Truth and Reconciliation? Maybe Not.
On November 3rd, 1979, members of the Communist Worker’s Party and their supporters began assembling in front of a housing complex in Greensboro, NC. They intended to march under a banner which read “Death to the Klan”. Before the march could get under way, several carloads of Klansmen and neo-Nazis arrived on the scene. After receiving taunts and thrown rocks from the angry crowd, the white supremacists retrieved guns from the trunks of their cars and opened fire, killing five persons and wounding eleven others. The incident became known as the “Greensboro Massacre”. The men who carried out the killings were acquitted by two all white juries. The white supremacists and the city of Greensboro were later found to be legally liable in a civil trail, and ordered to pay hefty restitution to the survivors and the families of the dead.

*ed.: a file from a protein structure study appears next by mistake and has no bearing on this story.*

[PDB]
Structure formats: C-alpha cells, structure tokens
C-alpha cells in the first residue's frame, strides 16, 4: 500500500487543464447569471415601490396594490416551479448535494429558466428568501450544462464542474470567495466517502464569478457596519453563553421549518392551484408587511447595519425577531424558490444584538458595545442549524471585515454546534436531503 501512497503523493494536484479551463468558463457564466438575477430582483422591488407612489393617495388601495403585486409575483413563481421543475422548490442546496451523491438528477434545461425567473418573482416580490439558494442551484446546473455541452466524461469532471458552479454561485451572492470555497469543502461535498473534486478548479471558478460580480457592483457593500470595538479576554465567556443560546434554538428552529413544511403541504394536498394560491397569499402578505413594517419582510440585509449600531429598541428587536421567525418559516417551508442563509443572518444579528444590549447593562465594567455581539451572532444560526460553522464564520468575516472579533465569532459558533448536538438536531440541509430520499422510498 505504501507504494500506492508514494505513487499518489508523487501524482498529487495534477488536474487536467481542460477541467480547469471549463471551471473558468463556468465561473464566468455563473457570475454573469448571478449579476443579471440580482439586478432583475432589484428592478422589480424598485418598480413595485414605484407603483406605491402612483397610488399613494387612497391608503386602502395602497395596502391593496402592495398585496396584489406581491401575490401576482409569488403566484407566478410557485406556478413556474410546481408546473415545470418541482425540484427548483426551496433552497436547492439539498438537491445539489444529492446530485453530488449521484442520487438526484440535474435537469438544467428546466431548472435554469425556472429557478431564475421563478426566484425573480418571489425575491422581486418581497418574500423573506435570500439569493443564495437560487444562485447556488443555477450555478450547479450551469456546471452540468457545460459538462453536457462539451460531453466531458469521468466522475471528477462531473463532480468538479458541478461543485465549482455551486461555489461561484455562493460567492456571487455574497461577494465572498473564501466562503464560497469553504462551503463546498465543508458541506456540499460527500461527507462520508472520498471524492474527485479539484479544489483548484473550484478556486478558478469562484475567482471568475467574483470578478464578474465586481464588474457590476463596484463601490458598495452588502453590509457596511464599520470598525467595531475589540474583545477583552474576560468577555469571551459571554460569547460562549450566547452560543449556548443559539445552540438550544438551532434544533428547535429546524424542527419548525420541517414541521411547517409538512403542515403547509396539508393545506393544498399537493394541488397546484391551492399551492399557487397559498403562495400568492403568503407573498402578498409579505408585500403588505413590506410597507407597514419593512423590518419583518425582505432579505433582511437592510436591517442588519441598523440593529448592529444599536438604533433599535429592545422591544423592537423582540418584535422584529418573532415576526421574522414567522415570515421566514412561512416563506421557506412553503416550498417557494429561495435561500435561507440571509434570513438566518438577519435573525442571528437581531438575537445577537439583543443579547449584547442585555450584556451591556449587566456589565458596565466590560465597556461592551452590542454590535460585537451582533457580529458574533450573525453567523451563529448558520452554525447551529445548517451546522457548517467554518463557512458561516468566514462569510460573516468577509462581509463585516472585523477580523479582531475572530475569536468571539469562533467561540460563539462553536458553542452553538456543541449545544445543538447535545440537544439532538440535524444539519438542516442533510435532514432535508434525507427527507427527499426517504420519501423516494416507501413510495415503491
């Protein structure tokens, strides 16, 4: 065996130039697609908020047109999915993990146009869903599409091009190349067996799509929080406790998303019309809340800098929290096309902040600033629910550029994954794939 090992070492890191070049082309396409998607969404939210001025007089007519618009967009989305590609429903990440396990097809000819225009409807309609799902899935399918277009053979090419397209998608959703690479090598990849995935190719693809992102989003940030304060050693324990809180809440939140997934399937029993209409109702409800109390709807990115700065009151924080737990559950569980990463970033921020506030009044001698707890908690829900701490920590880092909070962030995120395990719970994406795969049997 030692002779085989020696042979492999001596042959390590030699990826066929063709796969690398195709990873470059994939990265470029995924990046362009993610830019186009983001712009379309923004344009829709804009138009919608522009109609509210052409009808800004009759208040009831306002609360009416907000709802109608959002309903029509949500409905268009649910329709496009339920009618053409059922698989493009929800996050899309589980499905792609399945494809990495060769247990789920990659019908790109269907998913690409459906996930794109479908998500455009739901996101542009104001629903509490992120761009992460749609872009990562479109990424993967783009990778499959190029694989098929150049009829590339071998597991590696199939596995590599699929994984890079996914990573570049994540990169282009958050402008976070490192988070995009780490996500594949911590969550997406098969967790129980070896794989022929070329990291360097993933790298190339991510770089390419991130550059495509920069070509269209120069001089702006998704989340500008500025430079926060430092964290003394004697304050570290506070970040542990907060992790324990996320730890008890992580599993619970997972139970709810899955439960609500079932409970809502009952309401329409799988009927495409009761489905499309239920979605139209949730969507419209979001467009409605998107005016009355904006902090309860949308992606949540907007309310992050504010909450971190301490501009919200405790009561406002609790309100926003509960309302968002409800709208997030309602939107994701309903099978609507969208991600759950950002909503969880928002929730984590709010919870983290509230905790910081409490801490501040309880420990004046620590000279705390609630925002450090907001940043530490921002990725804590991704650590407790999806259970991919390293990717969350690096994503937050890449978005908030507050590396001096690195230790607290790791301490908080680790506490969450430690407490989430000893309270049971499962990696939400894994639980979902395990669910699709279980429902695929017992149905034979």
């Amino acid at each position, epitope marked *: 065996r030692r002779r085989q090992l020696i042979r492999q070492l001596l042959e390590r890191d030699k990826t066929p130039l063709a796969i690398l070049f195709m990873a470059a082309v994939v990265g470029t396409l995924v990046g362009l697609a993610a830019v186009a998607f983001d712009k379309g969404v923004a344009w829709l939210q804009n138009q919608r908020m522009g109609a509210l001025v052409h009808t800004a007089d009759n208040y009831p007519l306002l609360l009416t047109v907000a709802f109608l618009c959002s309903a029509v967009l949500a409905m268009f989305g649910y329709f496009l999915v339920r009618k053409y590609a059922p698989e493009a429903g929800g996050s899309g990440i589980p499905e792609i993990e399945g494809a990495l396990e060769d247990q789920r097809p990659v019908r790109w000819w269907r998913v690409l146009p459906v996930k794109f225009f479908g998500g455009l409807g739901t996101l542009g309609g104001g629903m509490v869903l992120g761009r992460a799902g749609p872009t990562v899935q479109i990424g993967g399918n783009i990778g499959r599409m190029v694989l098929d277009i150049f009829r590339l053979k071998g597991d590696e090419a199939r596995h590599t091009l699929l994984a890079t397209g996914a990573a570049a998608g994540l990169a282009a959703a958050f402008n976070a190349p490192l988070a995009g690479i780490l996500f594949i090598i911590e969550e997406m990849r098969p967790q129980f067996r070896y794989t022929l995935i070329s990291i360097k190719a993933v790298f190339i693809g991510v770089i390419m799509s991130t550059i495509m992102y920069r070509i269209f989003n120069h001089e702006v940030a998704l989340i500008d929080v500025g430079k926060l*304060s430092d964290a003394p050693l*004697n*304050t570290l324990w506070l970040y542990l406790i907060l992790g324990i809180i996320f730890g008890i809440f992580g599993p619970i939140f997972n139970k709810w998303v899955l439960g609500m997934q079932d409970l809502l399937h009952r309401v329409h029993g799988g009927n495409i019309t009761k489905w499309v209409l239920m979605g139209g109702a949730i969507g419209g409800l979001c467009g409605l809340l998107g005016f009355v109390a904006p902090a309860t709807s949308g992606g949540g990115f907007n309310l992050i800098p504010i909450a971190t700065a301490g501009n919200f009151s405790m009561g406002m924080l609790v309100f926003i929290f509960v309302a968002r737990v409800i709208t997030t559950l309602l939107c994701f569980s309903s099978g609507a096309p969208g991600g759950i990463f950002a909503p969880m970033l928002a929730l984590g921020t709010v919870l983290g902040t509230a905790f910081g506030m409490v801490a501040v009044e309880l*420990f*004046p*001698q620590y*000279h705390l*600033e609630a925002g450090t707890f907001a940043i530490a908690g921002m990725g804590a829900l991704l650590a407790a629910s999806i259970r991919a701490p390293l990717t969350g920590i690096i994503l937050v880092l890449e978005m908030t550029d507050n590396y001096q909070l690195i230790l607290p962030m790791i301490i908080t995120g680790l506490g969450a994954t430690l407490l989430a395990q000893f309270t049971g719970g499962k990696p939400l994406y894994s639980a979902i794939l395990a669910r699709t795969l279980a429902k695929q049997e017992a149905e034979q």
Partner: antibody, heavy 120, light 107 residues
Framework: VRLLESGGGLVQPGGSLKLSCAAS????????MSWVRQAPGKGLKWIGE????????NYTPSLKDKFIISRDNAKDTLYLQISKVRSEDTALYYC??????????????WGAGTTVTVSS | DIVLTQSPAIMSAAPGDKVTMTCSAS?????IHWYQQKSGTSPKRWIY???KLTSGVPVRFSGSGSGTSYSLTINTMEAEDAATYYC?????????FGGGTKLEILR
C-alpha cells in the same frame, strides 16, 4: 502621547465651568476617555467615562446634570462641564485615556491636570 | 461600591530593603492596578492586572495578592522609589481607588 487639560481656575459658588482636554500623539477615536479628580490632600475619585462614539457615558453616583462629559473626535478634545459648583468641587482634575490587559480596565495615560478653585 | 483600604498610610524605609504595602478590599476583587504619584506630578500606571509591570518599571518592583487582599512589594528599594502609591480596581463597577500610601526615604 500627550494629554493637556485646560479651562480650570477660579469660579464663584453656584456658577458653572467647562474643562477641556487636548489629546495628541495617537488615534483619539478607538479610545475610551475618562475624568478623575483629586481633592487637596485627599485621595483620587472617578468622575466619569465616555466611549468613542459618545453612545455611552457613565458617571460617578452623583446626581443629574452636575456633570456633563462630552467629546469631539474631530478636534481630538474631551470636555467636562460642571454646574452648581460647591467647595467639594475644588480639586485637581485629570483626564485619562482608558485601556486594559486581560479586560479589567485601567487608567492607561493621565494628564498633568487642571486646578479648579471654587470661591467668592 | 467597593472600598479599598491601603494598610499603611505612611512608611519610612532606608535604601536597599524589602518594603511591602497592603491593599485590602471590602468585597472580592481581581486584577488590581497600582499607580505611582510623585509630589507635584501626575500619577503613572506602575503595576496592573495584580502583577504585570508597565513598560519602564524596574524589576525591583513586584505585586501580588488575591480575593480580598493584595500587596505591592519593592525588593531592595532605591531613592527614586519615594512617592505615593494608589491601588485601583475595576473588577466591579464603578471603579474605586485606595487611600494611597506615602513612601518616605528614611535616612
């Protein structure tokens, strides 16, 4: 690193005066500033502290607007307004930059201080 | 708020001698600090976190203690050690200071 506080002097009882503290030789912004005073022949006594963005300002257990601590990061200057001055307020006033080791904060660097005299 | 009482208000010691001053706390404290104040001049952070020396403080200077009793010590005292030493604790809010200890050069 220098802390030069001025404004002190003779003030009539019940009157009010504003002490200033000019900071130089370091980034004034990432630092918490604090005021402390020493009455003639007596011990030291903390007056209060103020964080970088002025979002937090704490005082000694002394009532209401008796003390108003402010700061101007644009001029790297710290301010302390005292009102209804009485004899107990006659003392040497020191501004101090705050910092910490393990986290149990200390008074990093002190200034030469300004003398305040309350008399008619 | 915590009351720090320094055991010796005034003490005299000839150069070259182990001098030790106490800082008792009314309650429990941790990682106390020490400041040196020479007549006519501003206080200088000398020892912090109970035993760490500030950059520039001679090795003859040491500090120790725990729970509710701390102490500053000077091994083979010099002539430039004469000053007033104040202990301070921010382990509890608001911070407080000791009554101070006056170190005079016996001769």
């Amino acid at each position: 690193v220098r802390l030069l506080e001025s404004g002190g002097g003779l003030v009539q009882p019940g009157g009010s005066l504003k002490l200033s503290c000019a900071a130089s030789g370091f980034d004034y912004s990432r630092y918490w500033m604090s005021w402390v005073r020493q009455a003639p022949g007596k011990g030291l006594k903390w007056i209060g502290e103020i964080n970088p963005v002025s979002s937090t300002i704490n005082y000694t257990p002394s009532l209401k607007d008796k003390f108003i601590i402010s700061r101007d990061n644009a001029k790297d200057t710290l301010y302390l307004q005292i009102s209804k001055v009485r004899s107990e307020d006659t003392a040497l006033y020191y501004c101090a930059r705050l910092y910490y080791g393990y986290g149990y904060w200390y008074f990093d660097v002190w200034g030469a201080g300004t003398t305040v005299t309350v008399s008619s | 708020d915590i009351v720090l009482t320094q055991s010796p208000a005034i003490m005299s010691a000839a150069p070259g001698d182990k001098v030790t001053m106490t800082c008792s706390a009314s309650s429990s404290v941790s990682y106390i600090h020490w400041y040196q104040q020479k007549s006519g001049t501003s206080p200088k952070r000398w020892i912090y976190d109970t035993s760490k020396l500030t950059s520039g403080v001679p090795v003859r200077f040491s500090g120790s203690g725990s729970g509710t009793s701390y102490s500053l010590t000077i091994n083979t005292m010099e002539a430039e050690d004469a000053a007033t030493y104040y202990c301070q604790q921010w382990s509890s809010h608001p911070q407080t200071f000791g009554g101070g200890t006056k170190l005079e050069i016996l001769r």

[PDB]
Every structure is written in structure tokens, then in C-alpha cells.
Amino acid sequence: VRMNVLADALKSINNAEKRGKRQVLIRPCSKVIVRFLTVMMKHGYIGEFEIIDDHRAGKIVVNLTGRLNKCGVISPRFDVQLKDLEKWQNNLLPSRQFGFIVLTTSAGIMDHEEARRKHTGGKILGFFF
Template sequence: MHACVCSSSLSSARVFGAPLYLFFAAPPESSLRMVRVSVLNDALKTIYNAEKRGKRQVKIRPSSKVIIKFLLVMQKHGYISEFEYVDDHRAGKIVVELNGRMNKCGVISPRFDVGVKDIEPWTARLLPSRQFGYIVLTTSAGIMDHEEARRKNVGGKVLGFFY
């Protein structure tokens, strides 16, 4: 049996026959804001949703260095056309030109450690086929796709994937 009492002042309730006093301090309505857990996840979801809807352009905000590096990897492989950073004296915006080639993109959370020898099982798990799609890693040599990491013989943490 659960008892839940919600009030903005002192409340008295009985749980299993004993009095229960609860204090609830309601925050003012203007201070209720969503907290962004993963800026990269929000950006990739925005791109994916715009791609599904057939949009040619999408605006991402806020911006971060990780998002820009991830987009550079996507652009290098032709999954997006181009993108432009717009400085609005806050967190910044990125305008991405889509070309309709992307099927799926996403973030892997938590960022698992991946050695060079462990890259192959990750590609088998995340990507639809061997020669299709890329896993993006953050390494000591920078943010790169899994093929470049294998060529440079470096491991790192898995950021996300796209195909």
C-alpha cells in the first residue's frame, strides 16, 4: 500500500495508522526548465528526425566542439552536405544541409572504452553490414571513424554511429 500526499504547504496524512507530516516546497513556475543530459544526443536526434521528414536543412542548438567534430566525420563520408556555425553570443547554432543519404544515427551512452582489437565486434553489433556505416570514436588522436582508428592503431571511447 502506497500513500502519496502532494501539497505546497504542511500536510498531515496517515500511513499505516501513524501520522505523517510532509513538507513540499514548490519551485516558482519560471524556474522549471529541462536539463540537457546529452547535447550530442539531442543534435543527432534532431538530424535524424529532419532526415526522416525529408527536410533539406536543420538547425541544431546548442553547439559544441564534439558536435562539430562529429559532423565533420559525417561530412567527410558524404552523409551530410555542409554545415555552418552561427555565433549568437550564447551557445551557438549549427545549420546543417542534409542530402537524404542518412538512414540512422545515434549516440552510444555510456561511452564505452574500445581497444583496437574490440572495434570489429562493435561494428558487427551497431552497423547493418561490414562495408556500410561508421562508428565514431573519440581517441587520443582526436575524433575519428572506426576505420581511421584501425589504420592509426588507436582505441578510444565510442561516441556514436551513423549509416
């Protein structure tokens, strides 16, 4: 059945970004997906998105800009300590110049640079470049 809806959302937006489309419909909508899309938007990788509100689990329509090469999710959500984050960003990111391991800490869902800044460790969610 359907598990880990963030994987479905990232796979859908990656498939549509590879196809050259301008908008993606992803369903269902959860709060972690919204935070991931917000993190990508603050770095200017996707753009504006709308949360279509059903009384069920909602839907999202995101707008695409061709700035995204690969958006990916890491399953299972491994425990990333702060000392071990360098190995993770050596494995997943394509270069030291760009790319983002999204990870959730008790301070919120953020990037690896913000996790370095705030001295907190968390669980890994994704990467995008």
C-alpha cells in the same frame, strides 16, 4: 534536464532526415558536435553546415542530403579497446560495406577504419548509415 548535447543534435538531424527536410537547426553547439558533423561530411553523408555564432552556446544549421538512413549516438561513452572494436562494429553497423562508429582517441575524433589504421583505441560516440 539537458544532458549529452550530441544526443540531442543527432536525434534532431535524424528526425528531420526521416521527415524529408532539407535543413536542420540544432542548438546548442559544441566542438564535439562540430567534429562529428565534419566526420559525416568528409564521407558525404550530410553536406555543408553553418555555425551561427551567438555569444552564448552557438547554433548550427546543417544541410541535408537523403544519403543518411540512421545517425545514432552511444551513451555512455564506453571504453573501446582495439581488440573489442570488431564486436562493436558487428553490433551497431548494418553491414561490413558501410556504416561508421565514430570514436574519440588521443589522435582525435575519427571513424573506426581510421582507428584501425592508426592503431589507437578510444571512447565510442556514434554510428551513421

Recently, a non-government sanctioned Truth and Reconciliation Commission was organized in Greensboro. Based on similar commissions set up in South Africa, it sought to hear testimony from all persons involved and bring some sense of closure to the community. Surprisingly, several Klansmen present at the massacre agreed to testify before the commission. They were unapologetic, maintaining that they acted in self-defense. While the Communists did in fact do much to provoke the Klansmen before the march, this hardly seems to justify the mass killing that resulted. It appears that the commission will in the end be unable to bring the victims and perpetrators to any sort of reconciliation. The hatreds that divided them in 1979 show no signs of abating.